In parallel with global business jet sales, pilot training activity is, for the most part, stable and growing somewhat, particularly in new markets. At the same time, flight-training providers are reporting unprecedented growth in the civil helicopter sector, with much of this being driven by a surge in demand for rotorcraft support in the booming offshore oil and gas industries, plus the deployment of new-generation helicopter simulator technology.
Flight operations specialist Francois Lassale brings up a good point in a recent issue of AINSafety, that “the unit’s simplicity means training on the iPad and its use in the cockpit is seldom given much thought.” Lassale is absolutely right, and his views should extend to the use of any device or product that pilots bring into cockpits to help with their flying tasks.
With the number of business jets in China steadily increasing, the country is facing a shortage of qualified pilots, with virtually all of those attending its flight academies and training schools destined for the commercial aviation sector. Operators in China use a ratio of five pilots for every business jet in operation, according to Christopher Jackson, co-founder and executive director of China-based aviation consultancy Jackson Rosenberg, who sees a need for hundreds of additional business jet pilots in the short to medium term.
Tabletop flight training devices have come a long way in the last decade, and Redbird Flight Simulations, in partnership with AOPA, EAA, Flying Magazine, King Schools, The Pilot Workshops, Sennheiser and more has come onto the scene with a device that could be disruptive in the industry.
The hardware includes a 27-inch screen integrated into a dedicated PC computer; yoke, switches and power quadrant, which costs $2,490. Rudder pedals and a Cygnus connector (for using iPad flight mapping software during flights) are available as options.
Why all the growing interest in low-cost flight simulators?
Some announcements at this week’s Sun ‘n Fun show in Lakeland, Fla., for example, underscore wannabe and regular pilots’ fascination with these devices. Redbird Flight Simulations introduced its new low-cost Jay device, which, while it can’t be used to log time, promises to help pilots stay proficient. And Pilot Mall today unveiled the Advanced Panel, which is a modular instrument panel with flight and other controls that works with Microsoft Flight Simulator X (FSX) software.
Pilot Mall’s new user-configurable instrument panel for table-top basic flight training devices is making its public debut this week behind Hangar B at the Sun ’n Fun Fly-in in Lakeland, Fla. The Flight Training Cockpit–Advanced Panel, brainchild of Pilot Mall president Neil Glazer and Michael Moore of Coldwater, Ontario-based Redfab, is designed to work with Microsoft Flight Sim on a PC platform. It uses Saitek ProFlite instruments, avionics and flight controls in a 21- by 31-inch metal instrument panel with pop-out cutouts.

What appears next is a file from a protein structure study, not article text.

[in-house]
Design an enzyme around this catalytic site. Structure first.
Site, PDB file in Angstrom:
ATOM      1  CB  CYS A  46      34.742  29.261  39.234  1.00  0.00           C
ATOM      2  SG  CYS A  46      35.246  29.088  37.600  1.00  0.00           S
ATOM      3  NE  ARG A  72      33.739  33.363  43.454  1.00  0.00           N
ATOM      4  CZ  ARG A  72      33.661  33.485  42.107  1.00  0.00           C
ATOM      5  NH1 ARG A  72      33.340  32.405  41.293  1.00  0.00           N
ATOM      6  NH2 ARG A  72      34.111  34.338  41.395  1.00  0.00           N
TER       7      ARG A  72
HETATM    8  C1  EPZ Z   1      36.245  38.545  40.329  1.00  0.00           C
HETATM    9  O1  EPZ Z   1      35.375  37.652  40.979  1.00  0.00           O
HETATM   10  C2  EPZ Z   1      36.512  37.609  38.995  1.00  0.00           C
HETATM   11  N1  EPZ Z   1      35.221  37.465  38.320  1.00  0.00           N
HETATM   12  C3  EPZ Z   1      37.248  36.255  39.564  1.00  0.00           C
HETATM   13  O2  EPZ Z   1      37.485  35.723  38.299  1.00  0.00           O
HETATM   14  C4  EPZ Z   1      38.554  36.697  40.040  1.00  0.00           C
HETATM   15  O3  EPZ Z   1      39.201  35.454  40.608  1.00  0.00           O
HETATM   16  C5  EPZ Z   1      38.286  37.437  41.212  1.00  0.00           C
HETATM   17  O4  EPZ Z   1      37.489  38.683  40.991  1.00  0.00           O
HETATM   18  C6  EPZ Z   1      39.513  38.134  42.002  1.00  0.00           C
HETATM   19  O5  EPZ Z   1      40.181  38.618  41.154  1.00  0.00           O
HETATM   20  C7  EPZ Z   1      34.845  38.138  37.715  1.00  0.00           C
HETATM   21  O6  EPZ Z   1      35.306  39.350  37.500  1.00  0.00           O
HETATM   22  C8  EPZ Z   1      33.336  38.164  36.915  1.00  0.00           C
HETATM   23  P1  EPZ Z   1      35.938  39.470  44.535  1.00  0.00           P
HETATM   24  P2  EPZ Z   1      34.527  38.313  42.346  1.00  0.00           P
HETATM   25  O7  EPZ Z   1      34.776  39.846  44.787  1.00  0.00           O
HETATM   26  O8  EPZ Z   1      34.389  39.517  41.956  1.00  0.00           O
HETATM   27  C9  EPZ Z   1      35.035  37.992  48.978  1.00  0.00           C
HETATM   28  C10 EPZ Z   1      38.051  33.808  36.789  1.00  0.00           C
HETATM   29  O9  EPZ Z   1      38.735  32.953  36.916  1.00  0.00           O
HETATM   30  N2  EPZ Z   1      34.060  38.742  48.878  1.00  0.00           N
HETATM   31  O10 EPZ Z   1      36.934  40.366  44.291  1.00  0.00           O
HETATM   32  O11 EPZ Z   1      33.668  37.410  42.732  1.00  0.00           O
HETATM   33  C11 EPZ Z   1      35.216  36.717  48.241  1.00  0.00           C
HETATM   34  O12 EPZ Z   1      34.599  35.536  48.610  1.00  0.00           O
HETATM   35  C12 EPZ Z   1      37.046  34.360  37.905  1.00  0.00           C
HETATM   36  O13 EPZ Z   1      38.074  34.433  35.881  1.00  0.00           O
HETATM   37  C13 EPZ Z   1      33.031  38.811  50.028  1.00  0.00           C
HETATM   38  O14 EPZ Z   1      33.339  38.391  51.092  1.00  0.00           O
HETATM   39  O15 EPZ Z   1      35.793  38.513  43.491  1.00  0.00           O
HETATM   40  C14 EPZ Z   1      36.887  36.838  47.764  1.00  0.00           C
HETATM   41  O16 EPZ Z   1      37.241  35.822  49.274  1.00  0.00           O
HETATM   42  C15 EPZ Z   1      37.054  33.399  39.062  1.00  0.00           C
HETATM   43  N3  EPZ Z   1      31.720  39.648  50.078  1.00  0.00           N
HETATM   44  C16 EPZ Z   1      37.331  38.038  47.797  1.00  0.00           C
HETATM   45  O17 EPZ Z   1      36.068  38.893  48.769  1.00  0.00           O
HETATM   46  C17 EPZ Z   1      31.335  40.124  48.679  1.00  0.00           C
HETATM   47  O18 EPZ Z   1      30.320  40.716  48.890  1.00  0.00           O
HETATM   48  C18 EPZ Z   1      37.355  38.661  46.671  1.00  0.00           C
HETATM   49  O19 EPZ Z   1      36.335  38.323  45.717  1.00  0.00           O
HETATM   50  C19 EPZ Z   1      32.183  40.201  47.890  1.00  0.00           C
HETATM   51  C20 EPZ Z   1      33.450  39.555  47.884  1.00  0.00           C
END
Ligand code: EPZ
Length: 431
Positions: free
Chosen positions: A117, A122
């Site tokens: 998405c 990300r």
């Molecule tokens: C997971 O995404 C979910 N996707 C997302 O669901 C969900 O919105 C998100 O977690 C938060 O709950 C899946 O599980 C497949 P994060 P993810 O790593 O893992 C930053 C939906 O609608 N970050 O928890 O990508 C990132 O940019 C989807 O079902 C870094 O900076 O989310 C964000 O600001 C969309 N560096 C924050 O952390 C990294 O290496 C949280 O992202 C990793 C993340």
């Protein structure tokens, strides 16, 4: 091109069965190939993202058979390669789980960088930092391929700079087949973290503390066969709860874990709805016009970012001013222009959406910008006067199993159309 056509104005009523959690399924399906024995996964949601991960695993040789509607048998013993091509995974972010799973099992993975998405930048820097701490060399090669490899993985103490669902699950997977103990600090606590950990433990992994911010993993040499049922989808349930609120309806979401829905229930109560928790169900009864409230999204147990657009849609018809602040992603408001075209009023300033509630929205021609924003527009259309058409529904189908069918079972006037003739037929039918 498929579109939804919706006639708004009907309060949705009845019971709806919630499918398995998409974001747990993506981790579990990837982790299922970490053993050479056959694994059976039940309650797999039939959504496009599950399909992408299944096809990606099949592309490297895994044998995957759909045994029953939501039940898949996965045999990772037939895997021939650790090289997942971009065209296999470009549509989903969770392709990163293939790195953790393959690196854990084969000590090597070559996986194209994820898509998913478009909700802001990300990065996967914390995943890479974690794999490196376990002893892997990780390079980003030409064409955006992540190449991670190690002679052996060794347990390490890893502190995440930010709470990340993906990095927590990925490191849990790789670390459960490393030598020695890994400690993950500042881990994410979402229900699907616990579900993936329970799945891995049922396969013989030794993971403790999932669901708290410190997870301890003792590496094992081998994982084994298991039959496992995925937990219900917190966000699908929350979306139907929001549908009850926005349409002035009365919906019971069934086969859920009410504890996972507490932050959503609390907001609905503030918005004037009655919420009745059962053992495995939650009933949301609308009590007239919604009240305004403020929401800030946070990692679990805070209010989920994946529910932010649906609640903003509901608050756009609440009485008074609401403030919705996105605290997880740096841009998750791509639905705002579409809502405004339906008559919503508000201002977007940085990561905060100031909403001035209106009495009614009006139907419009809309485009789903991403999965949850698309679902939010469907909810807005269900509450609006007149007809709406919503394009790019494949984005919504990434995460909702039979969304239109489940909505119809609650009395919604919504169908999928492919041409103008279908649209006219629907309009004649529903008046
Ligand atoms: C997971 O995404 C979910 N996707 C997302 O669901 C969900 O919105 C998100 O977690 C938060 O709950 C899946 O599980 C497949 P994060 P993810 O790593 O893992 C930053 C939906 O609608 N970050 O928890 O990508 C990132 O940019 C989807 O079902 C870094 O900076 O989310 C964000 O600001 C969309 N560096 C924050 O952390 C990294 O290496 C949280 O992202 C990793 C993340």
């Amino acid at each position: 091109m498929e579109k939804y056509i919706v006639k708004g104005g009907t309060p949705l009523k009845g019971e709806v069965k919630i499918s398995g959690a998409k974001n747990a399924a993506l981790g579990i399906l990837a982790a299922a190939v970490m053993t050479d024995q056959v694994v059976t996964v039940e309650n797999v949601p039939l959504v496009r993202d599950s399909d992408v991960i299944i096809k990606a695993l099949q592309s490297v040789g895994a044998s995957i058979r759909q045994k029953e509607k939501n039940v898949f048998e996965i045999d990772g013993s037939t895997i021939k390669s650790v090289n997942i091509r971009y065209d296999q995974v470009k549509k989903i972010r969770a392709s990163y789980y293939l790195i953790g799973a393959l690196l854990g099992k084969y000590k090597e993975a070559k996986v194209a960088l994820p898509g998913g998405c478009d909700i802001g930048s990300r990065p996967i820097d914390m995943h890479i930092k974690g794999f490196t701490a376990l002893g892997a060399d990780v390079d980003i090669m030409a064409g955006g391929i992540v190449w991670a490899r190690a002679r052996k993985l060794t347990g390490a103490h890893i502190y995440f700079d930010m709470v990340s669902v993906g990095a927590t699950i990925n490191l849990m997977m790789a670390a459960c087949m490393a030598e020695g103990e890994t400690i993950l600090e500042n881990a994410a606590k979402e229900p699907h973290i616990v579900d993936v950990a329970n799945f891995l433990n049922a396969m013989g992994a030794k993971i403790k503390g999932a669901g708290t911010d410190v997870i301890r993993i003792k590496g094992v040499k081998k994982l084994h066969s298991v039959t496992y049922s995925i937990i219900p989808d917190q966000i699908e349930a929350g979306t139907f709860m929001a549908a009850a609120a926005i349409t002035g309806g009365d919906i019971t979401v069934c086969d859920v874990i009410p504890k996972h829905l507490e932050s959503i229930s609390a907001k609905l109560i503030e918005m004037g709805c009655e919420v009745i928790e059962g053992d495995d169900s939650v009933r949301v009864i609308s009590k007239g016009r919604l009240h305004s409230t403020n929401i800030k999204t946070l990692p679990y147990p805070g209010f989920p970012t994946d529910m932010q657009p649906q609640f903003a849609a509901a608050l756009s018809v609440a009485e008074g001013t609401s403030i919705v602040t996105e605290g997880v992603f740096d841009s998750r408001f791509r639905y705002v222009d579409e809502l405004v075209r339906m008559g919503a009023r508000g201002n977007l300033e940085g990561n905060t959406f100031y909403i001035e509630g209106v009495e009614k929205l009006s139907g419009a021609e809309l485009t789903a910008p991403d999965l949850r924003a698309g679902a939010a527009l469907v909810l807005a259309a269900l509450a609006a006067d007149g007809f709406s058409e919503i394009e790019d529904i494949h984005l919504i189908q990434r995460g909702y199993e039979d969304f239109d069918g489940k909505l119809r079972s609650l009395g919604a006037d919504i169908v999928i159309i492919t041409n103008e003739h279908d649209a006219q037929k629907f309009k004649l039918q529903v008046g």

If you’re looking for an elegantly simple personal computer-based flight simulator and you just want to practice some fun flying, Ikarus USA’s aeroflyFS might fit the bill. Released last year, aeroflyFS draws from Ikarus USA’s background in developing flight sims for radio control modelers.
Learning to fly model airplanes often involves a lot of crashing and rebuilding, but by using a flight sim like aerofly5, newbie RC pilots can avoid all the distress and damage before launching a model into the sky.
A new Embraer Legacy 650 level-D flight simulator at FlightSafety International’s St. Louis learning center has received approval from the FAA, EASA and Brazil’s Agência Nacional de Aviação Civil. Legacy 650 training will start at this location in the second quarter. FlightSafety serves Embraer as its factory-authorized training provider for the E-Jets line of commercial jets, as well as the Lineage and Legacy executive jets.
Helicopter pilots unexpectedly straying into IFR conditions and losing control of their aircraft has been identified as the cause of the greatest number of rotorcraft fatalities, according to the International Helicopter Safety Team (IHST). The group, which is focused on greatly reducing helicopter accidents by 2016, has reported that NTSB figures from 2011 indicate that 45 of 52 such accidents proved fatal to occupants. “That means the chances of surviving an inadvertent encounter with IFR are just 14 percent,” according to IHST.
With delivery of the first A400M airlifters nearing, Airbus Military has concluded an initial support deal with the French air force and a long-term training contract with the UK Royal Air Force (RAF). Meanwhile, Airbus Military is equipping its international training center in Seville with A400M computer-based trainers and a full-motion simulator.